Meanwhile, the European climbers invented a few things. Pierre Allain made his first prototype in 1947 and started selling his second a few years later. The earliest American reference to this descender I have found is in the 1964 Windy City Speleonews, and that shows the later of the two versions in my collection. Trevor Peck developed a descender as well. These are quite rare, and it took me decades to find one.
The figure eight was invented by Dr. Max Pfrimmer on October 1, 1943. Pfrimmer offered his idea to Schuster’s sports equipment store in Munich, which commercialized their eight in the early 1960s. The next commercial figure eight that I know of was the Fisher eight advertised in the June 1963 issue of Mountain Craft. Alan Blackshaw’s book Mountaineering, from Hill Walking to Alpine Climbing (1965) shows a later-model Fisher 8, a second-generation Pierre Allain trident, and a Peck Descender. I also have a noncommercial figure eight developed independently in the USA by Gary Kirk in 1965.
The earliest ads for commercial figure eights in the USA that I have seen are from the early 1970s (CMI ads appeared in 1974), but Bill Craig reported seeing an eight (probably Schusters’) for sale in the Adirondacks in 1965. By 1968, Keith Liken wrote that eights had been “used for years.” He also created a new eight design because existing eights were too difficult to girth hitch. His idea never caught on.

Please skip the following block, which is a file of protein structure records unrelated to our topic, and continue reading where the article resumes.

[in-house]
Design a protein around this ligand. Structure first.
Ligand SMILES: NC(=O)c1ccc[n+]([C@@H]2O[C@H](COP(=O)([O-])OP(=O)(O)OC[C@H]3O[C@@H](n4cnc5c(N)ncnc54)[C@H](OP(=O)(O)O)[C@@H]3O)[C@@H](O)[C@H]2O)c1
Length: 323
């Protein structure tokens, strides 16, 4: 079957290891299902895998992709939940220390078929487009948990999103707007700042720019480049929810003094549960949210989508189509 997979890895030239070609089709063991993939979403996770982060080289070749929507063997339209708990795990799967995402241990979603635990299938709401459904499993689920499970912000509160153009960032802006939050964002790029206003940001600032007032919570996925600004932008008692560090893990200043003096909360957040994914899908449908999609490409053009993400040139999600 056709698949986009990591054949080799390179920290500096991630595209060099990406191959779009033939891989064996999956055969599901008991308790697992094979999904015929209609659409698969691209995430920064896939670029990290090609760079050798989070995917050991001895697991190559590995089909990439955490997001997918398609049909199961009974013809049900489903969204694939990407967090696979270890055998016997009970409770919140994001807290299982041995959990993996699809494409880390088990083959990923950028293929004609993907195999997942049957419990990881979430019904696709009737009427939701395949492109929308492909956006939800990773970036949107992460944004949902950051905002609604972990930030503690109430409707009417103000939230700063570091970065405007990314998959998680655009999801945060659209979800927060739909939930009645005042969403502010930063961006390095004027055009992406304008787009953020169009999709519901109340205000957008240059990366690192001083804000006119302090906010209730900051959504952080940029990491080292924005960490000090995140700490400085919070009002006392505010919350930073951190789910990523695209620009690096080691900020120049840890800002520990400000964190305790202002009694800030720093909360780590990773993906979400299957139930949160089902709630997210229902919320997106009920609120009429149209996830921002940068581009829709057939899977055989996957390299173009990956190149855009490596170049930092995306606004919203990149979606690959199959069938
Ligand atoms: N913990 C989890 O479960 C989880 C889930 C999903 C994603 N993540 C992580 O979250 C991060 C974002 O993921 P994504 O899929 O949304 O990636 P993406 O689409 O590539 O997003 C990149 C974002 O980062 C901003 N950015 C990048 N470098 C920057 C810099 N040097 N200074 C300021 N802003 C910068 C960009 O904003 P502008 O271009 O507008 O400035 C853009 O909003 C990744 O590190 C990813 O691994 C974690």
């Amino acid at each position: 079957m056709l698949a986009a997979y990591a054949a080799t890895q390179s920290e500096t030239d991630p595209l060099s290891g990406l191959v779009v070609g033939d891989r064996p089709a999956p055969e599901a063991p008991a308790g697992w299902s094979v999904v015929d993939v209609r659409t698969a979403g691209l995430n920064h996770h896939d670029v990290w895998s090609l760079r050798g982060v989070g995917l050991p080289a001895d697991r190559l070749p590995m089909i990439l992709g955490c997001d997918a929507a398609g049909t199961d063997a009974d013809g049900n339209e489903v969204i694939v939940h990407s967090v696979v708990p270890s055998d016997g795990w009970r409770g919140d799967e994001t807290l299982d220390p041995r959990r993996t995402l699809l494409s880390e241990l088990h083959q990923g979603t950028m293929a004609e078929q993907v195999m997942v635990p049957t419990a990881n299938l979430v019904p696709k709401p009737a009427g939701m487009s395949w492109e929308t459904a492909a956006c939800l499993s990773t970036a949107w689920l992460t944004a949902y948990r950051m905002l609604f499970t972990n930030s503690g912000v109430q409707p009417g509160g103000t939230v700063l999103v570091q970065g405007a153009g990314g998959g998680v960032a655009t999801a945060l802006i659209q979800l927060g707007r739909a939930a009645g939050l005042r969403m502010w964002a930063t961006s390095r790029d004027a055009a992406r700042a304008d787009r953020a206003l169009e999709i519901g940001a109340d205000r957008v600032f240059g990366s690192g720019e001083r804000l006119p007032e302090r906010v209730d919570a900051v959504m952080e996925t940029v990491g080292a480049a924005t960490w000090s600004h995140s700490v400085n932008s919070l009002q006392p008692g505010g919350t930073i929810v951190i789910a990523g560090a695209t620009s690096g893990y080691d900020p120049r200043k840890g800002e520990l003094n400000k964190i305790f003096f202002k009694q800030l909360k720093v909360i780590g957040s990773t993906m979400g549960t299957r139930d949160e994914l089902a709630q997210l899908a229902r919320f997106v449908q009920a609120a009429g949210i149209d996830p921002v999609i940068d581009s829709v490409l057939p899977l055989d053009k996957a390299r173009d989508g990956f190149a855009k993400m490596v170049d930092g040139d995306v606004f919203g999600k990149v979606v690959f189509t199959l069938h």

I am not sure when people invented the brake bar, or when they figured out that they could use a carabiner as a brake bar, but the ideas are old. I have a letter from Warren Lewis saying that he learned of it from the Denver Mountain Club in 1933. Other brake-bar-like ideas have been around a while, e.g., Sam Geffner’s 1961 idea. Dick Sanford did a detailed mathematical analysis of the single brake bar method in 1964, and Bill Plummer described the double brake bar method in the same year. I learned to use them at the Philmont Boy Scout ranch in 1971.
In 1966, John Cole invented the rappel rack (as did Warren Lewis, working independently). The standard open-frame rack is, from some perspectives (e.g., all-around versatility) still the best rappelling device on the market. The first rappel racks used commercial (Gerry) brake bars. Most people do not know how to use a rack properly, and my observation is that most people who do not like it for reasons other than size, weight, or cost fall into that group.
The bobbin is an old idea as well. As early as 1882, Davis patented a Fire Escape where the rope path followed the typical bobbin “S.” The first modern U.S. reference to bobbins that I know of was in the February 1968 NSS News.
Before 1956, people suffered with body rappels. In the next decade, many new ideas appeared. Since 1966, there has been no real progress in rappelling. Small improvements, yes, and introduction of better materials and minor variations, yes, but nothing to match the jumps made in the decade mentioned. Similar statements apply to ascending systems, but the end of revolutionary development was somewhat later.